Being good is Tyranny’s hard mode. Well, that’s not strictly true: Tyranny’s hard mode is ‘Hard mode’. But outside that gruelling combat experience, the way to bruise yourself most badly in Obsidian’s new isometric RPG is simply attempt to be an alright human being.
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Perhaps you think yourself a dab hand at heroics, and at navigating the familiar morality systems of RPGs. But let me tell you – I thought the same. In Tyranny, evil is the status quo, and everything about this strange and bold rewrite of the RPG formula conspires to keep it there.
Let me explain.
Imagine you heard about the Mass Effect series for the first time today. And, against all sensible advice, you began with Mass Effect 3. That’s a little what starting Tyranny feels like – being thrust into a world you don’t know, and having to grapple with a story already in its third act.
By the time you pick up the reins, the vast majority of that world is under the control of Kyros, a vague and malevolent force who has instilled his own cruel brand of order across the realm. And Kyros’ armies are a few years into a war with The Tiersmen – a stubborn pocket of disparate rebel groups.
Although you, the player, are new to the war, your character is not – they adjudicated the disputes of Kyros’ squabbling forces for years prior. To reflect that fact, Tyranny gets you to run through a quick choose-your-own adventure sequence before the game proper picks up. Beautifully animated as a war room map strewn with miniatures, this Conquest Mode determines how you resolved tactical disagreements and prisoner-of-war problems in the early days of the campaign.
It’s almost as if Obsidian have checked for an imported save and, not finding one, asked you to fill in the blanks instead.
As a consequence, playing Tyranny feels like waking up in the middle of an important meeting and having to bluff your way through. You don’t know anyone, but everyone knows you – and moreover, they all have strong opinions about actions you did or didn’t take during the siege of the Bastard City in 428 TR. For example.
It’s a lot to ask a new player to keep in their head – and goodness knows there’s enough reading involved in the first hours of Tyranny already. Thankfully, any brainfarts are handled fairly deftly via lore tooltips, which fill your knowledge gaps mid-conversation without recourse to a codex buried in the menus somewhere.
What you’re still left with, however, is profound imposter syndrome, as you sprint to catch up with a war already coming off the tracks. Any intentions you might have had of improving the lot of the put-upon Tiersmen swiftly melt away – replaced by the need to fake it til you make it as a Judge Dreddian figure of totalitarian justice.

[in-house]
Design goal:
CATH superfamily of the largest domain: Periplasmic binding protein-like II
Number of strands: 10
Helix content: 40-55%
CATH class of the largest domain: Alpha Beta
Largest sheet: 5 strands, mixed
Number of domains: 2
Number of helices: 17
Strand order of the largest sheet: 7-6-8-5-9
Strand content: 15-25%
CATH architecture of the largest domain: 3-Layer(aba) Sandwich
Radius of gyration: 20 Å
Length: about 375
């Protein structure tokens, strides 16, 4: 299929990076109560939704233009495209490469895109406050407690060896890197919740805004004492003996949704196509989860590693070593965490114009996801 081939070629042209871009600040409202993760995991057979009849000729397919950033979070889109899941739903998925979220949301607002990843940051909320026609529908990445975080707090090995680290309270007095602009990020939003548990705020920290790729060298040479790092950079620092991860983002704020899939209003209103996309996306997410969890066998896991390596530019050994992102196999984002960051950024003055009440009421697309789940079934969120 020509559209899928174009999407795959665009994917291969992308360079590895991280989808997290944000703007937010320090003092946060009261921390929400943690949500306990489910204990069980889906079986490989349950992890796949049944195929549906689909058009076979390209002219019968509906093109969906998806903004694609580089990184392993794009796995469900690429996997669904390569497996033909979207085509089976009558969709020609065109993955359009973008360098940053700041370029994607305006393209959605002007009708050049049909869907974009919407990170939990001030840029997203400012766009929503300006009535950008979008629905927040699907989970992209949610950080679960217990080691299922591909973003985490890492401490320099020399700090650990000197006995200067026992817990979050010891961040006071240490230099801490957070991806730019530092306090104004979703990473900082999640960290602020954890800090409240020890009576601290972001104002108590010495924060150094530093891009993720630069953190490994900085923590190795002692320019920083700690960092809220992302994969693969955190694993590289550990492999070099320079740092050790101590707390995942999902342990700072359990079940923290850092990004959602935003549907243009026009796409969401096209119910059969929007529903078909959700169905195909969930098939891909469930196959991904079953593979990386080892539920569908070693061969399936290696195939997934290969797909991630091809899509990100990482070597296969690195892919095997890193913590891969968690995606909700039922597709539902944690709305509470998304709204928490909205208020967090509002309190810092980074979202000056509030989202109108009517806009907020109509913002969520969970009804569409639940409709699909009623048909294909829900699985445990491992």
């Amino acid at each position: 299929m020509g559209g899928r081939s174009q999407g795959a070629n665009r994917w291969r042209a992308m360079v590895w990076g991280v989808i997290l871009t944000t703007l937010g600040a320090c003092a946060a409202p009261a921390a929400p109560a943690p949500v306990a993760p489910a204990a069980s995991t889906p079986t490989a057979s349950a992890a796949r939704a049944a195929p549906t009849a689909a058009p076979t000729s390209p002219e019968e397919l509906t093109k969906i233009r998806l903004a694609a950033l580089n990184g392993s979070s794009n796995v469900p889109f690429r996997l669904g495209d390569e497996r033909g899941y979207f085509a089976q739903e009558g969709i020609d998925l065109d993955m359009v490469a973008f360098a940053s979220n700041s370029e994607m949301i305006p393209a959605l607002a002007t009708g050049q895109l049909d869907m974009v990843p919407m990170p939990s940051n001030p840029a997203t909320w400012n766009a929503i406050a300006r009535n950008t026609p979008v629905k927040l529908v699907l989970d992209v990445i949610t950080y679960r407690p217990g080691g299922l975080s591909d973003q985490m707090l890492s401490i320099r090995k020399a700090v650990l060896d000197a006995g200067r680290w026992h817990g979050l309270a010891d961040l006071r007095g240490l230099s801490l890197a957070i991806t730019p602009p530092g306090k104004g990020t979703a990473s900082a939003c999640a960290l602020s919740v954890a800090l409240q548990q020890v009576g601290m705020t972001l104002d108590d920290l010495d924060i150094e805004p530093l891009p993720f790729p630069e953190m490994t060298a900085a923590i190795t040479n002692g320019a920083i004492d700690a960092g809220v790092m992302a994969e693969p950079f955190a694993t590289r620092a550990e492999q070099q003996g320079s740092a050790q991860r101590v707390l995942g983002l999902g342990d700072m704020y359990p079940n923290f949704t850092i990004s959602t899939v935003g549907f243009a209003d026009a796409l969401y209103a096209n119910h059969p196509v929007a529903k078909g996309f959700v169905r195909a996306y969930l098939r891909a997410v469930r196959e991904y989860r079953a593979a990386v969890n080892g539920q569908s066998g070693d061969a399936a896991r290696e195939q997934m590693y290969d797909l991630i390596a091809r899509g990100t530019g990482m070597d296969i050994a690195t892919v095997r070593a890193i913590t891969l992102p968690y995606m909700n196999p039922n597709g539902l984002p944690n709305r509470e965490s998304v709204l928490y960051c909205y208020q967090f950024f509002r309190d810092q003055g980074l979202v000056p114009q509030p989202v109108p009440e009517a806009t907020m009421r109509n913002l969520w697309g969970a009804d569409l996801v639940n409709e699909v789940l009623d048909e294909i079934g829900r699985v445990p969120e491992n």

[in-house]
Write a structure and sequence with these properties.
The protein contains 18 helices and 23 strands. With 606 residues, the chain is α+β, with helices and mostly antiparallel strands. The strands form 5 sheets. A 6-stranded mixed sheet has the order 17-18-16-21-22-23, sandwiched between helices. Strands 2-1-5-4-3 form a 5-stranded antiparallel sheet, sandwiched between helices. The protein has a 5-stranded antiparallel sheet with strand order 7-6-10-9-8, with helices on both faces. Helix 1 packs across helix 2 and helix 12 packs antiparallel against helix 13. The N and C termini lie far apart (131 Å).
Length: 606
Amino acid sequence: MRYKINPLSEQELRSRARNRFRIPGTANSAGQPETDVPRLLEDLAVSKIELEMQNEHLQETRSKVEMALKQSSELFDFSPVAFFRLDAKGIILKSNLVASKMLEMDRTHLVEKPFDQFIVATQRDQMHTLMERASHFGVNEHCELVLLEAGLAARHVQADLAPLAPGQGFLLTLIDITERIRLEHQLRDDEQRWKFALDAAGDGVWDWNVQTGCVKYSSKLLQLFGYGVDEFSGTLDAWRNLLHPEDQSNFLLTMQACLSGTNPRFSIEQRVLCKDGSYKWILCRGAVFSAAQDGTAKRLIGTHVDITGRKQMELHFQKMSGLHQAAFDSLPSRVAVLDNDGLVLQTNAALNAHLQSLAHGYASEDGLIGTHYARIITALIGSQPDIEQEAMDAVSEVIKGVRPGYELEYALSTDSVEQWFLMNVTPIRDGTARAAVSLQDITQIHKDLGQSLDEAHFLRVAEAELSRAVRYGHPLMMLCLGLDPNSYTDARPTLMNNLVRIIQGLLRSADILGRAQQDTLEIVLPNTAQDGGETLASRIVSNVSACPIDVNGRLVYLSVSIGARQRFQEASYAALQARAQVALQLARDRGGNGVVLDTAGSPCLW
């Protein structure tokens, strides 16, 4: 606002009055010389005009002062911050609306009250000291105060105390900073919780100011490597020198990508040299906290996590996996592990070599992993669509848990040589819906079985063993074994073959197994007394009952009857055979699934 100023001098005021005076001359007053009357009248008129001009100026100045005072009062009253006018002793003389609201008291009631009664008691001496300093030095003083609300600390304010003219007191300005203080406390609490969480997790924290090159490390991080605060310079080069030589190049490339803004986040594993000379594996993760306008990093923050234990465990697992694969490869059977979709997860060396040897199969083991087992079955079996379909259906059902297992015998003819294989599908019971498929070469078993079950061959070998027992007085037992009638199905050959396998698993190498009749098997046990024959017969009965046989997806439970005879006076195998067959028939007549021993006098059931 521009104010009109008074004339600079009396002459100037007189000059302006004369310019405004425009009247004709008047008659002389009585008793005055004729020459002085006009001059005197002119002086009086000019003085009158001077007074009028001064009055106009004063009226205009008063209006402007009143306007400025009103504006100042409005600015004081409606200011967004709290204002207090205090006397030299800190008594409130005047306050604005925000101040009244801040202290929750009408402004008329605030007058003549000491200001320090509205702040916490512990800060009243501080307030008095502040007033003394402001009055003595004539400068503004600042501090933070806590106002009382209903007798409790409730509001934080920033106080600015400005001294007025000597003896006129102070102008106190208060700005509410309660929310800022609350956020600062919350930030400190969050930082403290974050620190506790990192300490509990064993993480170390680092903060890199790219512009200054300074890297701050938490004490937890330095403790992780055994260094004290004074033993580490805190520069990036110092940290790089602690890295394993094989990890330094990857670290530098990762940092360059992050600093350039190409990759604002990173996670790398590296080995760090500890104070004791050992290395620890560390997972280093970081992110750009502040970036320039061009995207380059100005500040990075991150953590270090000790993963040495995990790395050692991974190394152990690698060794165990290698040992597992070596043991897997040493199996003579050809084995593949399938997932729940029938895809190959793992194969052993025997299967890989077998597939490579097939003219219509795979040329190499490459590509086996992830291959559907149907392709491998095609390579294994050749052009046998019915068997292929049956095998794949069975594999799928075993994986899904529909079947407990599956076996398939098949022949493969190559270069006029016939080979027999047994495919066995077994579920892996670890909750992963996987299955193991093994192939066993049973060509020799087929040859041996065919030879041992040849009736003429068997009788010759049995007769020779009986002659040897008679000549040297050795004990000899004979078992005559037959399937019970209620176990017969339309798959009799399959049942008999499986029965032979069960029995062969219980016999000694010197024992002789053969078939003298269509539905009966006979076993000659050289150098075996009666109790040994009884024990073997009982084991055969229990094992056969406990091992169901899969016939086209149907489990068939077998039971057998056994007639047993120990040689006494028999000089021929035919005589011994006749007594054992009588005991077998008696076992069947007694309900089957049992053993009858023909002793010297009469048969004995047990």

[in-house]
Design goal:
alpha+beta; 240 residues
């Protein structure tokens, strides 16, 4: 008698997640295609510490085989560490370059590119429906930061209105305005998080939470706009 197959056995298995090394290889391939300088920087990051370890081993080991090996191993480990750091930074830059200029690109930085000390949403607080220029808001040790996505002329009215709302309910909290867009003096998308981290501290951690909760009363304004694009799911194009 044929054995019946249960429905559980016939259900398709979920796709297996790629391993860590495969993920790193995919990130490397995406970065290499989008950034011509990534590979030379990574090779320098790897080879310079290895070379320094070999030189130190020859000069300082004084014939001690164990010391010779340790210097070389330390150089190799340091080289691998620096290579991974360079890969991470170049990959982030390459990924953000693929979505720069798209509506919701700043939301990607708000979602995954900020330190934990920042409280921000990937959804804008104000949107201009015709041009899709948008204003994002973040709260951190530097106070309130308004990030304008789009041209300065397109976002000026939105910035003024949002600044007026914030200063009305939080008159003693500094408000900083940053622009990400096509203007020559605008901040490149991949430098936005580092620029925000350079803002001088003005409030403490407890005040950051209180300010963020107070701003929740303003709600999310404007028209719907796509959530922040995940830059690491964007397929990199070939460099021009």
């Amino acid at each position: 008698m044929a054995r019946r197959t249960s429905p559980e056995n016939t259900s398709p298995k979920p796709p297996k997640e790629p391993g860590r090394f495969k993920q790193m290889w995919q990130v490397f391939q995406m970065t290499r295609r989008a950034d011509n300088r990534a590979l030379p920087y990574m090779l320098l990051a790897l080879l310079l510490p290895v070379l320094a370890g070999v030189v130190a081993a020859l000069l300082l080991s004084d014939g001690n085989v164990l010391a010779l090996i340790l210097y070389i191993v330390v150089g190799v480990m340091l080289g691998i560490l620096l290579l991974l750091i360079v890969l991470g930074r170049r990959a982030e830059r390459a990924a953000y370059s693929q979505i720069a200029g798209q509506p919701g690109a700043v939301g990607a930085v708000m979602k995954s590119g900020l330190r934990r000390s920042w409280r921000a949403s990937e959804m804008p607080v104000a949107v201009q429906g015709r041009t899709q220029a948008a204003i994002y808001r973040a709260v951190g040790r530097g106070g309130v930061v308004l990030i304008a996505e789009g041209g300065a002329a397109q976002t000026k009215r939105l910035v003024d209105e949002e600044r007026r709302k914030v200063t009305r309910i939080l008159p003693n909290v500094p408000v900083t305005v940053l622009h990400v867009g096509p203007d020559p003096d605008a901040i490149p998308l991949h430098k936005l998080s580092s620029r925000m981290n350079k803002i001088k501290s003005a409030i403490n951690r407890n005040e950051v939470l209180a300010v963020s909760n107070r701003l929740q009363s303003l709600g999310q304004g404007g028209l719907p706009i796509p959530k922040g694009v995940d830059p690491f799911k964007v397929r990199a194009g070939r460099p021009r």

Well: that’s what I’ll tell anyone who wonders how I found myself in the middle of a crowd of soldiers ordering the execution of a bound and unarmed prisoner, anyway.
Overwhelmed, clinging to a position of authority and fearing exposure, you’re constantly subject to the gaze of Kyros’ other minions – the haughty, brutal Disfavored legion; the Mad Max-style war boys and girls of the Scarlet Chorus; the disparate companions who’ve ended up under your command.
One, Verse, shrugs noncommittally at the suggestion she might be a spy for her general in the Chorus. Meanwhile, her Scarlet comrades are only too happy to explain that they’ll jump you, or any other officer, at the first sign of weakness. Try showing even a morsel of mercy in that kind of workplace.
Your immediate colleagues are no kinder.
“Assume you are being watched,” warns Fatebinder Calio. “But don’t concern yourself. That’s no more than any citizen of the Empire can expect.”
Observed by both higher authorities and the underlings you’re supposed to be managing, it becomes an act of self-sabotage to talk to the Tiersmen rather than slaughter them on sight. And before you know it, you’re doing some pretty horrible stuff. This is the sort of awfulness enforced by bureaucracy, rather than applied willy-nilly by a player who fancied trying Chaotic Evil for a change.
The peer pressure is only compounded by a reputation system which, on first glance, seems backwards. These are binary morality thermometers like those employed by Knights of the Old Republic and Fable in the ‘00s. In those games, they encouraged you to game the system: why engage with the complicated quandaries of the scenario in front of you, when it’s pretty clear which option is going to award you some light-side points and push you further towards those late-game Jedi abilities?
RPGs got more savvy – pushing the numbers beneath the surface and leaving you to worry about your standing with factions and companions. But Tyranny reverts. Here’s a bar that measures your relationship with the Disfavored – their approval and their growing anger. Here’s another that tracks how much Verse likes you, and how much she fears you.
So you start to play the systems – picking outcomes not because they’re the right thing to do, but because they’ll impress some powerful weirdo bathed in green flames named The Voices of Nerat. They become tactical decisions: put all of your eggs in the Disfavored basket, and you can count on them to stick by you if things ever kick off with the Chorus.
Soon enough, you’re a bad person – blind to the impact of your decisions beyond the insular political consequences within Kyros’ organisation.
I know what you’re thinking. Excuses, excuses. You’ll do better – fight harder for the people caught underfoot by the overlord’s war machine. Just think of me when you’ve traded that idea for one more day in power, free from insurrection or accusations from your superiors.
I mean, think about it: fear is just another way of maintaining order, and order keeps everybody safe. Isn’t that a kind of good? Sort of?
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